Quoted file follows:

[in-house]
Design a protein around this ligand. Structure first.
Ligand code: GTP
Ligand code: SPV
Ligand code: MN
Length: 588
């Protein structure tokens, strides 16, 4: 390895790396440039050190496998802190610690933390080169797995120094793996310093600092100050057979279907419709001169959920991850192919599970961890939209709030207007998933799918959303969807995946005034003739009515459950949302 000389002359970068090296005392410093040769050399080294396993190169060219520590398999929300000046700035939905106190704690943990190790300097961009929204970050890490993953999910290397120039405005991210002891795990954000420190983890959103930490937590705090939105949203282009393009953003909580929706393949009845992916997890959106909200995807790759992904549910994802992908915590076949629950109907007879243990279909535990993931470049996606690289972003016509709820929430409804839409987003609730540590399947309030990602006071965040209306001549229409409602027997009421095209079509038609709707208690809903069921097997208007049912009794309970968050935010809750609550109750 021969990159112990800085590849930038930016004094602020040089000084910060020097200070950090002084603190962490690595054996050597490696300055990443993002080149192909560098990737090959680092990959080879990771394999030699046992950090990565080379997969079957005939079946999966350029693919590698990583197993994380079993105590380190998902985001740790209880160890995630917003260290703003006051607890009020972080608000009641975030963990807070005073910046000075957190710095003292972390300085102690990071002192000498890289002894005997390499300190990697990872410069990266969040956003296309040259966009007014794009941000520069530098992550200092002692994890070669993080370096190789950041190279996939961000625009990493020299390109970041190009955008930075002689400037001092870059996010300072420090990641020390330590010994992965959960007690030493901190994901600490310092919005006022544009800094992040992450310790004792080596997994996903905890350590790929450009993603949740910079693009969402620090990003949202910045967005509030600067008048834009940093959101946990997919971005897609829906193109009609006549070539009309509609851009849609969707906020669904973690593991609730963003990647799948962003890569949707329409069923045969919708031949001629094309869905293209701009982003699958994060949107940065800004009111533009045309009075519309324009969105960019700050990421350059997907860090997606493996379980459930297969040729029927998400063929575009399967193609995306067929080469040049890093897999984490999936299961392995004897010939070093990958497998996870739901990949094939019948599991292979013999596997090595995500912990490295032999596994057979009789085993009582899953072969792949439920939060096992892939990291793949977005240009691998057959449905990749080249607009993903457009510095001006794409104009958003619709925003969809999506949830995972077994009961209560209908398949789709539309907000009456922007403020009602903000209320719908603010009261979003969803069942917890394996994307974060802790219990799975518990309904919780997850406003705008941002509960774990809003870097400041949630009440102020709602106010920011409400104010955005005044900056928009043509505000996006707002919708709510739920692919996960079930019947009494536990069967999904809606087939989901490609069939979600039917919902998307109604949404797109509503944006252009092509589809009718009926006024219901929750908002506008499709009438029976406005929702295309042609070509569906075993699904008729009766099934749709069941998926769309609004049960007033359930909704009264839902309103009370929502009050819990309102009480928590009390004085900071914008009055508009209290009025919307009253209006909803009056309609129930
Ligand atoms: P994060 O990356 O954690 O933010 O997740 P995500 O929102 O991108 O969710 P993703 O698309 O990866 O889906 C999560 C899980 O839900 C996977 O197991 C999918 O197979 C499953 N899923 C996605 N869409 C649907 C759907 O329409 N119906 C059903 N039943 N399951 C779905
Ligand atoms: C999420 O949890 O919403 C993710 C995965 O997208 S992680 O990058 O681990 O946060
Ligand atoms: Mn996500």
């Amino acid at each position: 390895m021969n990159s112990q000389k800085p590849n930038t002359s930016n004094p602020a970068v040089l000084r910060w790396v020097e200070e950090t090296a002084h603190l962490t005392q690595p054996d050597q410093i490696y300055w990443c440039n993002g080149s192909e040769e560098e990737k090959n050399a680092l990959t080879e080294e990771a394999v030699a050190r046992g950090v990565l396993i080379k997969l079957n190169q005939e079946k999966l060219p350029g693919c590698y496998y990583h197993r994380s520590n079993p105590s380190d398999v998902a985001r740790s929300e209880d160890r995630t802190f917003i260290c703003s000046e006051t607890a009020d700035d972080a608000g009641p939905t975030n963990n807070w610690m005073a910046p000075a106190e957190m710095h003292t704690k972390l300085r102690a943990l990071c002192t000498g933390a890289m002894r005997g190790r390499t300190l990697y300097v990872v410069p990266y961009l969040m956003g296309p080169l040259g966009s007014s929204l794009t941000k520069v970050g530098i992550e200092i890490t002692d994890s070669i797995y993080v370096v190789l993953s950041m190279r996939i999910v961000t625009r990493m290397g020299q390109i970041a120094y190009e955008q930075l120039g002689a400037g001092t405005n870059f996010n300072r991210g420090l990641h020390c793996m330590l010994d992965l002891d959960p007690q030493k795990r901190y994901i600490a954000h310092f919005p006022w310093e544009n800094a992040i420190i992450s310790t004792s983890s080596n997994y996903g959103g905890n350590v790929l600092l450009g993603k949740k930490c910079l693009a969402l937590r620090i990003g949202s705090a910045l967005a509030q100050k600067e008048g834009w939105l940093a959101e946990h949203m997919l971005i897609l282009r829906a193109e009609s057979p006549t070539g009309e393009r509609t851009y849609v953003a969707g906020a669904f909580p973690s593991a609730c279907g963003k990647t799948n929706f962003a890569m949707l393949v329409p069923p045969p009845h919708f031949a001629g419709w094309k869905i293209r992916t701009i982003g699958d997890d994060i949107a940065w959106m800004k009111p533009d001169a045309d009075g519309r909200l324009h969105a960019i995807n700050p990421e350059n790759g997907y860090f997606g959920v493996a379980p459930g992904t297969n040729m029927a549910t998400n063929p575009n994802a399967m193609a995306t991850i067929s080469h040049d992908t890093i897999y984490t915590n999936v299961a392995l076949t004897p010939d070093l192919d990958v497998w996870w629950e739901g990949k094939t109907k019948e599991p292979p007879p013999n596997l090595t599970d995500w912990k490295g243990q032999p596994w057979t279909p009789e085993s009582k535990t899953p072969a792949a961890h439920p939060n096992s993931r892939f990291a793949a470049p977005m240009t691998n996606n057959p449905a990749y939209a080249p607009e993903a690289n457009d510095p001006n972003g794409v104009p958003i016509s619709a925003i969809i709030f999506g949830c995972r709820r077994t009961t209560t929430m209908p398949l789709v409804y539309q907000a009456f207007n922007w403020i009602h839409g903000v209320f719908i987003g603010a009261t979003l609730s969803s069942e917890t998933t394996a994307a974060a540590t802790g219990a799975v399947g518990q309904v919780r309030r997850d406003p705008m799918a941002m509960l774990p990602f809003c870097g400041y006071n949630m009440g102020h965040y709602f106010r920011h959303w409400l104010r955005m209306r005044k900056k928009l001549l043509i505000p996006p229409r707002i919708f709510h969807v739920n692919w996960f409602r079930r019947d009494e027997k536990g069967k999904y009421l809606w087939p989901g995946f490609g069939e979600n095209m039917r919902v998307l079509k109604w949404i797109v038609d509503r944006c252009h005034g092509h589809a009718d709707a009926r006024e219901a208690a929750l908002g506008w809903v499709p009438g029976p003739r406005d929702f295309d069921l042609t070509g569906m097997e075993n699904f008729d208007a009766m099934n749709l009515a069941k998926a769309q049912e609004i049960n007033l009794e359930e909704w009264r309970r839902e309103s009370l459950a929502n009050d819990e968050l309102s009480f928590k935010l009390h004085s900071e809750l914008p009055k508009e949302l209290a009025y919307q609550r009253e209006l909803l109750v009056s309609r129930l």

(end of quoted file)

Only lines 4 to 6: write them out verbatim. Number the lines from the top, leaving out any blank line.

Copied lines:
Ligand code: SPV
Ligand code: MN
Length: 588